With 'material robotics,' intelligent products won't even look like robots
Oregon State University via Science Daily: Robots as inconspicuous as they are ubiquitous represent the vision of researchers in the new and burgeoning field of material robotics.
In an invited perspective paper published today in Science Robotics, Oregon State University researcher YiÄźit Mengüç and three co-authors argue against looking at robotics as a "dichotomy of brain versus body."
Mengüç and collaborators from the University of Colorado, Yale University and École Polytechnique Fédérale de Lausanne take a view that seeks to dissolve the basic assumption that robots are either "machines that run bits of code" or "software 'bots' interacting with the world through a physical instrument."
"We take a third path: one that imbues intelligence into the very matter of a robot," said Mengüç, assistant professor of mechanical engineering in OSU's College of Engineering and part of the college's Collaborative Robotics and Intelligent Systems Institute. "The future we're dreaming of is one of material-enabled robotics, something akin to robots themselves being integrated into day-to-day objects."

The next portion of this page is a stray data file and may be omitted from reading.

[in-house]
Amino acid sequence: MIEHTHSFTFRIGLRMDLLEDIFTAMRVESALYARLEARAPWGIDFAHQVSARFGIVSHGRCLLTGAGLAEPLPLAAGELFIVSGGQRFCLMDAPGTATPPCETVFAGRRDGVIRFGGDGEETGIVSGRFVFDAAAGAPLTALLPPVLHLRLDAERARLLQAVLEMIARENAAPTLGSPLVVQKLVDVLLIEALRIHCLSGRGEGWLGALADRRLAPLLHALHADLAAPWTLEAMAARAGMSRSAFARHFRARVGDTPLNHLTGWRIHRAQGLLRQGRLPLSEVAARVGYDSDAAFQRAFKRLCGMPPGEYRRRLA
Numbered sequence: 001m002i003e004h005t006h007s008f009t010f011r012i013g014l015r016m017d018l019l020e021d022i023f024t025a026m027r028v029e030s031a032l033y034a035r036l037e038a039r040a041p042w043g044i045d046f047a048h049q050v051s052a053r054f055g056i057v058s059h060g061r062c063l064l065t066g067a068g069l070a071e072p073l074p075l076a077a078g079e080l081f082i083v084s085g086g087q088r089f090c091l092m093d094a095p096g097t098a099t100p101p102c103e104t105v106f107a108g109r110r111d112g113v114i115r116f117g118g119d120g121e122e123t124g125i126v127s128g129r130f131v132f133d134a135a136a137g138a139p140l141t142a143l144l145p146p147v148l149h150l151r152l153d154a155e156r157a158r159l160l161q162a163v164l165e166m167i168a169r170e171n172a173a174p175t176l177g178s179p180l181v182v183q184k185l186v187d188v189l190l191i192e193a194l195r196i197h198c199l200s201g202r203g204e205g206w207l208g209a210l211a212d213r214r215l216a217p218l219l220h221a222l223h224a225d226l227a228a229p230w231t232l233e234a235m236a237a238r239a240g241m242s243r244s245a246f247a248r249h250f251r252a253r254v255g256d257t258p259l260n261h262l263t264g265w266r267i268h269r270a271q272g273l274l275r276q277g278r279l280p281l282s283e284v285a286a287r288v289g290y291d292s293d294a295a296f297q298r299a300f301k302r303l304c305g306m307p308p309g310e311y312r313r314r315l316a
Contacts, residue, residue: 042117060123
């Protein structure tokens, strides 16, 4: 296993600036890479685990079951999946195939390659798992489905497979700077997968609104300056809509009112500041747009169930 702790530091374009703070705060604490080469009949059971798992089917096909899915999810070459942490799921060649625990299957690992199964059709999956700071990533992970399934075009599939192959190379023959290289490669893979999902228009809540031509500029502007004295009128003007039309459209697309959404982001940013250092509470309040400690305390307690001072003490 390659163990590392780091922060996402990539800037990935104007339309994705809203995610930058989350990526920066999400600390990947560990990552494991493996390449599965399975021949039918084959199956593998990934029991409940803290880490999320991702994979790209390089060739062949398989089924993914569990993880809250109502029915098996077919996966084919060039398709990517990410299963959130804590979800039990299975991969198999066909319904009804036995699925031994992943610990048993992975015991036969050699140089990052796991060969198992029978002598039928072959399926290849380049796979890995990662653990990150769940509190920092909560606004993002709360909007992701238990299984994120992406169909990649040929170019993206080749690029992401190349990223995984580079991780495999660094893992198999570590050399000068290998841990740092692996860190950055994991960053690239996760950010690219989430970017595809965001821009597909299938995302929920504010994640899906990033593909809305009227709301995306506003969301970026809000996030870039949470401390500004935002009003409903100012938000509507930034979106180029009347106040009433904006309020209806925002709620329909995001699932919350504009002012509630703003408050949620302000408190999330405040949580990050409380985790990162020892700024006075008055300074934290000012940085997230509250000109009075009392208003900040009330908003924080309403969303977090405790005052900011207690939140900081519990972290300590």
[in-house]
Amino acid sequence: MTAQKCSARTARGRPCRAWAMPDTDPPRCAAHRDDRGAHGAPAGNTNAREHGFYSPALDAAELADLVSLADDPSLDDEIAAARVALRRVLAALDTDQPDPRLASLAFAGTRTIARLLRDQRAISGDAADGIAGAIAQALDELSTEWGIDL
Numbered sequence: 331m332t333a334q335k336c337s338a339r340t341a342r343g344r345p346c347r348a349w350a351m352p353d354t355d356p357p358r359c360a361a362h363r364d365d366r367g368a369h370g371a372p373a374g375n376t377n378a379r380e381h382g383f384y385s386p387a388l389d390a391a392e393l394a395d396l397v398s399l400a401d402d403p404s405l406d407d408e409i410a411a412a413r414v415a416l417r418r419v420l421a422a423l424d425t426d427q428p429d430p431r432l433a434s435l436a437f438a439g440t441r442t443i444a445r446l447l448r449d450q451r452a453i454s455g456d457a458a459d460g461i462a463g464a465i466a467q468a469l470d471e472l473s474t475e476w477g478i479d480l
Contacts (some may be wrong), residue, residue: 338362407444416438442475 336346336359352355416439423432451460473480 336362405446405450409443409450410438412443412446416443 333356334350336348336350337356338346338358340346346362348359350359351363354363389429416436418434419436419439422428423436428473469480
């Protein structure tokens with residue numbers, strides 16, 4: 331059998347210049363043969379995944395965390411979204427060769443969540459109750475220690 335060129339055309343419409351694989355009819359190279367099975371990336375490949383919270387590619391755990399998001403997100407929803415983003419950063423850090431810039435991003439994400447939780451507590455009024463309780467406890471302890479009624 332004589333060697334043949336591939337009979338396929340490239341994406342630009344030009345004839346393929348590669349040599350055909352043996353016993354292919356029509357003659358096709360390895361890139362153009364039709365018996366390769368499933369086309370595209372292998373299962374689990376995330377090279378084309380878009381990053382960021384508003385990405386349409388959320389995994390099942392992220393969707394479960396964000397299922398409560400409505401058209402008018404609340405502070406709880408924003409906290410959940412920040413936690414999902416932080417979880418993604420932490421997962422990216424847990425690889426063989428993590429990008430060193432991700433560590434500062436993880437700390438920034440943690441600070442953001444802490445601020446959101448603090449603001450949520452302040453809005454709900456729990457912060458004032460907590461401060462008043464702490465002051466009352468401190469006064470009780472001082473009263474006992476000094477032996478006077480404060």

Such as footwear, for example.
"Shoes that are able to intelligently support your gait, change stiffness as you're running or walking, or based upon the surface you're on or the biomechanics of your foot," Mengüç said. "That's one potential product. Examples of that kind of material intelligence abound in nature, where complex functionality results from systems of simple materials.
"The point here with something like a self-adjusting shoe is it no longer resembles a robot -- that's kind of the direction of ubiquity we're imagining." Full Article:
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